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Congress decision on Telangana: Blame it on an idiom!

August 03, 2013 19:44 IST

I believe this is what really happened at the Congress Working Committee on Wednesday.

Called specifically to discuss the Telangana issue, CWC had a heated discussion and when Mrs G asked for a vote, there were as many hands for the 'ayes' as there were for 'nays'.

Frustrated, tired and wanting to go home for cucumber sandwiches, Mrs G, in her own foreign ways, said, "Okay, this is enough for the day. Let's split."

Dutifully, Digvijaya Singh came out and told the throng of media people waiting outside that CWC had decided to split the state of Andhra Pradesh into two, one of them being the spanking new Telangana.

Alternative history shows that politicians have a special relationship with English idioms that have "split" in it. Haven’t you heard, for instance, that an intrepid advisor had once gone to the Dravida supremo and suggested that the party should not split hairs over power generation, whether it came from Koodankulam, Mettur, Neyveli or Narimanam.

The Dravida chief took off his dark glasses and thought long and hard and seemed to detect a hint of a conspiracy in the advice, because he sent one son to New Delhi while keeping the other son back at home. Asked why, he growled he was splitting heirs since that was the right thing to do to control the power situation.

And, of course, everyone knows of split personalities. Take the recent example of a Congress bigshot. Like all politicians he has several quick-change personas to be deployed as the situation demands.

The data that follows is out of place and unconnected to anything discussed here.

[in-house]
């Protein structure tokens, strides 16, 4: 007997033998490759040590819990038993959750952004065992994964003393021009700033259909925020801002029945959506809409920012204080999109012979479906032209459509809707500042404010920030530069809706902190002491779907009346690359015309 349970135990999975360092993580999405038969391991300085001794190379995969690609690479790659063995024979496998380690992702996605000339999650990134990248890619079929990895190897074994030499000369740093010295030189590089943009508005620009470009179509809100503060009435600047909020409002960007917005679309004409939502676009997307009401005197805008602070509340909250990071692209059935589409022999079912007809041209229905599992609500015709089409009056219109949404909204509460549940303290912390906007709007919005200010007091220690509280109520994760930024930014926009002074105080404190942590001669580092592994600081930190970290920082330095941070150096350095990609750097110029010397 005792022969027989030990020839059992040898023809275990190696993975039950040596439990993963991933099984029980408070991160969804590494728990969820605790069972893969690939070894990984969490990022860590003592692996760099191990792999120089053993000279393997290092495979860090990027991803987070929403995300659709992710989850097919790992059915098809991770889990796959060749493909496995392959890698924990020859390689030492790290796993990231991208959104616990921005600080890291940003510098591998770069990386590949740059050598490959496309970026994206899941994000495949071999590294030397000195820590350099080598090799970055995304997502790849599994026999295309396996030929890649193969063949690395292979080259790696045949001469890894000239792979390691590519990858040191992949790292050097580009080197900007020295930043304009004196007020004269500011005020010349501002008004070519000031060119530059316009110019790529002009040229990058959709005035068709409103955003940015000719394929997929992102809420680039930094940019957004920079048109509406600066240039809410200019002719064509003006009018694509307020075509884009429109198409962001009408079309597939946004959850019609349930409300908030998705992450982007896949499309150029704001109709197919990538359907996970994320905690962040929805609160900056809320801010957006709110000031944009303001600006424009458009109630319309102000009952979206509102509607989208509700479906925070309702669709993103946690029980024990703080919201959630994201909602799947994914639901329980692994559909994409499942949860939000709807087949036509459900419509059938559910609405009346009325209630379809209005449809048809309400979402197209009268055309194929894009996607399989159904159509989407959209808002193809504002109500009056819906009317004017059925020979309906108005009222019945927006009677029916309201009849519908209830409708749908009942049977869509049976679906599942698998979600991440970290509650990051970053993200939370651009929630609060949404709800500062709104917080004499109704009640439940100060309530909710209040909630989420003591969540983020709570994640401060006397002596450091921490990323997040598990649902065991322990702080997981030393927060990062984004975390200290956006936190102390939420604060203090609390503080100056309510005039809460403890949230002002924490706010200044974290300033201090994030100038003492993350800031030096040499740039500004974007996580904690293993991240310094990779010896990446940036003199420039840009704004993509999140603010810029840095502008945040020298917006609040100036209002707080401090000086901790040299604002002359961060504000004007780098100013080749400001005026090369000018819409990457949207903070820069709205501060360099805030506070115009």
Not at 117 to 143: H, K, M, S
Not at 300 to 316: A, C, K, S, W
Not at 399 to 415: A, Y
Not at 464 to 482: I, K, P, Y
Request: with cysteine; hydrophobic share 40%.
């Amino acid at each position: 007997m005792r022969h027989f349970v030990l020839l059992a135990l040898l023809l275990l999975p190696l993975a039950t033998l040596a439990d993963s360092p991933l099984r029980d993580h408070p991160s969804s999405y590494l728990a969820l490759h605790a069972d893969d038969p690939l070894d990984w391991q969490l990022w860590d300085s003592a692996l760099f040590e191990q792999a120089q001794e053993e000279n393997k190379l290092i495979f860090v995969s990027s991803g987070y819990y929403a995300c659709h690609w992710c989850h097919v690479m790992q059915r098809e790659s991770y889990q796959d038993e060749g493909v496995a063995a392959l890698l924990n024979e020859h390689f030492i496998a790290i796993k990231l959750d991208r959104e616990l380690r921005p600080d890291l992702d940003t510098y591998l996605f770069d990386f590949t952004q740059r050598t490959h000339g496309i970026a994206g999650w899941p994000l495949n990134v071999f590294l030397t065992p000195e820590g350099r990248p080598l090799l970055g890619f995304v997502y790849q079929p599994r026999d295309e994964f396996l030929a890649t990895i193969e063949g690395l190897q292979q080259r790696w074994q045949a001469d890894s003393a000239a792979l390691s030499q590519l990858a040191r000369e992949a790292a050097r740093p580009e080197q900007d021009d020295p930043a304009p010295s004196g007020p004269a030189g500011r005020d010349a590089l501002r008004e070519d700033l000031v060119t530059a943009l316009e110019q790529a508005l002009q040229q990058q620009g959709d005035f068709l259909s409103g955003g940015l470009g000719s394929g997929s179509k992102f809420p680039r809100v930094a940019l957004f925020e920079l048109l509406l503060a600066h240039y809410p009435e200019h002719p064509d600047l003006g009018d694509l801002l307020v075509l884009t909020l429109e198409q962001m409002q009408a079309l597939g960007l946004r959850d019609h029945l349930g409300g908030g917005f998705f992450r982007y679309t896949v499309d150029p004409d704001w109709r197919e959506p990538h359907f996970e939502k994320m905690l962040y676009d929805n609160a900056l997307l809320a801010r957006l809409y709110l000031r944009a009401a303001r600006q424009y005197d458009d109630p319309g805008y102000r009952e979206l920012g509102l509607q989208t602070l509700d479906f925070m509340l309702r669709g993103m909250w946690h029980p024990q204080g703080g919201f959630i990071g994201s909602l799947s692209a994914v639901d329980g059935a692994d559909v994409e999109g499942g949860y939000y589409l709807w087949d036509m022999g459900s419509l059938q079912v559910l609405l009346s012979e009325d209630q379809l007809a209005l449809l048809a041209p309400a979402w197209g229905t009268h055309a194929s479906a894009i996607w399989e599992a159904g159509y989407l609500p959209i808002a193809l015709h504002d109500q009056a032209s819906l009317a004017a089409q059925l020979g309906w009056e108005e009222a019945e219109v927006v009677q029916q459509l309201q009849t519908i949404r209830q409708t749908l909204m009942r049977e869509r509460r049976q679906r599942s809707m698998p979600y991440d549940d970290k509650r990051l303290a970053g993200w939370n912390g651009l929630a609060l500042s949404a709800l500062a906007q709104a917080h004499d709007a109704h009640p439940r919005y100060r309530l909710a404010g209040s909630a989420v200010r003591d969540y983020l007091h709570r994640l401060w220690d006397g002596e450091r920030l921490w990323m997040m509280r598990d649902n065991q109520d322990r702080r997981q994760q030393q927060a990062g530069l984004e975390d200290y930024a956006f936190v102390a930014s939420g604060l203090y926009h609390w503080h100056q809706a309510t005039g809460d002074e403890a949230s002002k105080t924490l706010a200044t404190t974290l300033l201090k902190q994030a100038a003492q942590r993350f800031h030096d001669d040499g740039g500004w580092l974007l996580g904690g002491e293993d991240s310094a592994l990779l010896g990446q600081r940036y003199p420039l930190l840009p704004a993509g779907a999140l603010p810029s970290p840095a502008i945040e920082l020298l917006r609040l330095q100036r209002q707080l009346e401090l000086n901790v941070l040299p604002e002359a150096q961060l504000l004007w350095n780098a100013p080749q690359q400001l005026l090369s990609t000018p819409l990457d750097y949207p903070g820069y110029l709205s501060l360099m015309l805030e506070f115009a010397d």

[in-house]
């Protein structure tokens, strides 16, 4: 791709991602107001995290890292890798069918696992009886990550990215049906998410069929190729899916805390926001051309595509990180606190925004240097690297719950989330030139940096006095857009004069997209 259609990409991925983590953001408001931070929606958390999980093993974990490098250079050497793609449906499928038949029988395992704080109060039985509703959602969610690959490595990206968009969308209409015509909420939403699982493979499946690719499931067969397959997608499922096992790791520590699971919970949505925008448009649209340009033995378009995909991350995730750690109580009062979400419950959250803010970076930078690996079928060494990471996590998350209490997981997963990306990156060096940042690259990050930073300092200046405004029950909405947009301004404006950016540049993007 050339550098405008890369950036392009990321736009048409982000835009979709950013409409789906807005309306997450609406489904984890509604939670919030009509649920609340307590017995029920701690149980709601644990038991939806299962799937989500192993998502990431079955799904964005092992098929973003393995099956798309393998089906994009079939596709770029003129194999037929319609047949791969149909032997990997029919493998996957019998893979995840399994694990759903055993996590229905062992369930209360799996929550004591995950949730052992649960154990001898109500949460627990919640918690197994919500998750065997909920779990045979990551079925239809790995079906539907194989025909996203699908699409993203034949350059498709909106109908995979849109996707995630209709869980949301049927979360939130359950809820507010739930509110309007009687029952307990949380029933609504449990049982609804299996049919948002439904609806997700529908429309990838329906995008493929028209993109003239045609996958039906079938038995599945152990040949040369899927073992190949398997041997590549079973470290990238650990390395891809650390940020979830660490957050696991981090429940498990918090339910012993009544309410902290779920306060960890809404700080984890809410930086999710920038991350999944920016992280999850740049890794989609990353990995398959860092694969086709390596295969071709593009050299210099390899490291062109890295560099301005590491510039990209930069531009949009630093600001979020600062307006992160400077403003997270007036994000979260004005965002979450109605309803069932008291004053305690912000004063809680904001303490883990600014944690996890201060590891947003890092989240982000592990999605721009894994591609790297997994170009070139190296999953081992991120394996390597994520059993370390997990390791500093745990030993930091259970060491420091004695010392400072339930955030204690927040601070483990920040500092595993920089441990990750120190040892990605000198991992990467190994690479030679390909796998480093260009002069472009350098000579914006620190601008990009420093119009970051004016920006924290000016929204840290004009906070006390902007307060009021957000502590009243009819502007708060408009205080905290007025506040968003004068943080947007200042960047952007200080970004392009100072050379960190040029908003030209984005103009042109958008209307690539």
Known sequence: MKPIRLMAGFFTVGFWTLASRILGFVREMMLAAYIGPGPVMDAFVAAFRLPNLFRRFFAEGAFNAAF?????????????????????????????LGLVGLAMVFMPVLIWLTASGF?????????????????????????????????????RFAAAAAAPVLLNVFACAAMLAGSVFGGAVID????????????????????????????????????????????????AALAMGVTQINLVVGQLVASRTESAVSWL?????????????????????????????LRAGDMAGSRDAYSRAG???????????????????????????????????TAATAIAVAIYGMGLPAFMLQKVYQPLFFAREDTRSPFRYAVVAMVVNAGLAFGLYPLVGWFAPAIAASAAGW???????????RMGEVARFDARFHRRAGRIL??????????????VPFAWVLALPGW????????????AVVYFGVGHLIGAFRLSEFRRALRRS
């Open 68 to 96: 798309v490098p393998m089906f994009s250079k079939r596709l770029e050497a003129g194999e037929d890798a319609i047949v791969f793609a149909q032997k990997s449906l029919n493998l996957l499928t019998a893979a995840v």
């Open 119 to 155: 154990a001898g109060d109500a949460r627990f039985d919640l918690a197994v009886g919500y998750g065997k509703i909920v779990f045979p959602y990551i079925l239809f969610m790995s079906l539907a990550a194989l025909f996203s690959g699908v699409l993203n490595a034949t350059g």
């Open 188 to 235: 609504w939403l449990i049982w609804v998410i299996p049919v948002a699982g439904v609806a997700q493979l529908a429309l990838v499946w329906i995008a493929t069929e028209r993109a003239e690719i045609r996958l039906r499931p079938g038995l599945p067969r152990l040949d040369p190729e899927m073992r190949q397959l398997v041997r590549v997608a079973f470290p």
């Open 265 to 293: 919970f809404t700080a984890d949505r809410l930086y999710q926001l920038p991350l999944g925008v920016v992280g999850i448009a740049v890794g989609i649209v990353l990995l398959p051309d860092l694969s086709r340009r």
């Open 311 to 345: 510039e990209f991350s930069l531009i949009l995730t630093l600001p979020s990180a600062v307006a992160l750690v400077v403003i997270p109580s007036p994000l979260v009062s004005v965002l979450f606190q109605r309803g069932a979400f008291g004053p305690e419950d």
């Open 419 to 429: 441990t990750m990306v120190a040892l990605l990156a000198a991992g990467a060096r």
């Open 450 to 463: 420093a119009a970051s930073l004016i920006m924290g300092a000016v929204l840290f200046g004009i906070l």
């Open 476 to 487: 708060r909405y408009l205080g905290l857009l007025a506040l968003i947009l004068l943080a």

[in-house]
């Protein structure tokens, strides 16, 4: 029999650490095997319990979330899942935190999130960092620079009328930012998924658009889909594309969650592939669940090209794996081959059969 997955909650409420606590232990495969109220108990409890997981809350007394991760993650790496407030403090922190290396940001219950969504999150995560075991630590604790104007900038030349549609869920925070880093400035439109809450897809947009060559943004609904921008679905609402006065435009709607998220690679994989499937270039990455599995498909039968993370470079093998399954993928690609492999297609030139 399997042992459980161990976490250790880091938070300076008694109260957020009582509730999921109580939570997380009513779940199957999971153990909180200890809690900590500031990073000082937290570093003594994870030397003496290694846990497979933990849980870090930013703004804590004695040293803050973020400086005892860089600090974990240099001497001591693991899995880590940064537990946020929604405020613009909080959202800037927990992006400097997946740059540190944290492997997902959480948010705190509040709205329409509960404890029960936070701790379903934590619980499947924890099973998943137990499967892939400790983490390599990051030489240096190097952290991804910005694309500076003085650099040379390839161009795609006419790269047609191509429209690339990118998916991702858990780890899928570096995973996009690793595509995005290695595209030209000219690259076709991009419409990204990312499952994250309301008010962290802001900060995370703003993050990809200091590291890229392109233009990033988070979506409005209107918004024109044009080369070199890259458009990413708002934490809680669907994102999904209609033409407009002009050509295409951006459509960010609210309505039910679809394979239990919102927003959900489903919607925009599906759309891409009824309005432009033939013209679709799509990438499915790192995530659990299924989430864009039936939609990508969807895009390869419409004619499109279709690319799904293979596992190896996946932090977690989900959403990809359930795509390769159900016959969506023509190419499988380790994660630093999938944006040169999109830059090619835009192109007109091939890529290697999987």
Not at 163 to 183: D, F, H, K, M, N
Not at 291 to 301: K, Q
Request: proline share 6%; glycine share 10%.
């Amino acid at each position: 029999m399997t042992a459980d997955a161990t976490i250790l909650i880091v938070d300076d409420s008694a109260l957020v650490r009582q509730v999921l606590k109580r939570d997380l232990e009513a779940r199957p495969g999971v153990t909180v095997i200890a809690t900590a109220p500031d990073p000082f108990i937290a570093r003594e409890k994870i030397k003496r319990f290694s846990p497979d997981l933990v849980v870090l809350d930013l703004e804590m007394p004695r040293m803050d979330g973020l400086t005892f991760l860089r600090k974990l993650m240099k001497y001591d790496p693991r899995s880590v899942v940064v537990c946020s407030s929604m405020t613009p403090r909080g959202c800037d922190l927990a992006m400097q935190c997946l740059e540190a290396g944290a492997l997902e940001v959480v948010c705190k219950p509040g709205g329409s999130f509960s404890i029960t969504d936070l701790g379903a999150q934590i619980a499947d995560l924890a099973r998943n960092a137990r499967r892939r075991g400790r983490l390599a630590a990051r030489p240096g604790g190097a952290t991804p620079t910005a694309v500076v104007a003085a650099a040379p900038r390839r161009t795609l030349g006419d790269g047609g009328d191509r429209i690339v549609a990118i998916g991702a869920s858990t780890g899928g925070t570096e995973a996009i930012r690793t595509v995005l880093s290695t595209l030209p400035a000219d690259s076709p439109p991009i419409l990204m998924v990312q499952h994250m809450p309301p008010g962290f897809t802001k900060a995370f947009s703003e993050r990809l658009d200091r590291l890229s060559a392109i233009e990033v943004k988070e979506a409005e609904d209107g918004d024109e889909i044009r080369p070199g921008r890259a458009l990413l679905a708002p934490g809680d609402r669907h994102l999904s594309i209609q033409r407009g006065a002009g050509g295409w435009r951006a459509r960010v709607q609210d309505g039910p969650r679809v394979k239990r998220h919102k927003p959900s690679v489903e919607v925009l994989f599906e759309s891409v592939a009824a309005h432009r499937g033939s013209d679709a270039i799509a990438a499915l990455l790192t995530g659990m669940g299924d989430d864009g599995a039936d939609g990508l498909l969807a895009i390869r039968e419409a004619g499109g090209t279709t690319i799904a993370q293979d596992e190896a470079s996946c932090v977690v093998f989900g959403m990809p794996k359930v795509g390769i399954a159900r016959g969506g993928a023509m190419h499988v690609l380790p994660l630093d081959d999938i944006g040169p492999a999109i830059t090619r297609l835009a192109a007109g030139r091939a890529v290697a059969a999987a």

His darker personality described a prominent rival as not being good enough even to sweep the floors of the Rashtrapati Bhavan. His second personality emerged immediately to clarify that no, the said rival was really good, so how could he be just sweeping floors?

"We have been misquoted," he added for good measure, the "we" clearly indicating his own acceptance of his several split personalities.

The "split" expression most used of politicians is, as everyone knows, the one related to splitting the difference. No, don’t think this is related to all the sharing that must happen in secret dens post the scams.

The confusion is due to the way things are said in the Received Indian Pronunciation. The more correct pronunciation would be "splitting the deference".

This happens in all parties because the deference to the source of command has to be split between two supreme beings of the same surname -- Mrs G and Mr G, Banerjee didi and Banerjee dada, Yadavji and Yadavji, Badal paaji and Badal paaji, Thiru, Thiru and Thirumati. You get the point? Even in non-dynastic dispensations, survival depends on "split deference" and it takes years of training in doublespeak to ensure Advaniji thinks you are an honest ally even as Modi ji thinks you are his right-hand man.

It’s only in the one-man Janata Party that this problem doesn't exist. In any case, there the party president always defers to his own genius.

Finally we come to what happens when one group upsets the apple cart of the other. As happened when the party that believes in an India of hundreds of states suddenly found the status quoist khadi wearers rushing to create a new Telangana.

With gall choking their throats, saffronites came on TV and mumbled, "We welcome the decision". Then they wailed, "But what took the Congress so long to do this?" This is called crying over "split milk"… the type that leaves a sour taste in the mouth.

Joel Rai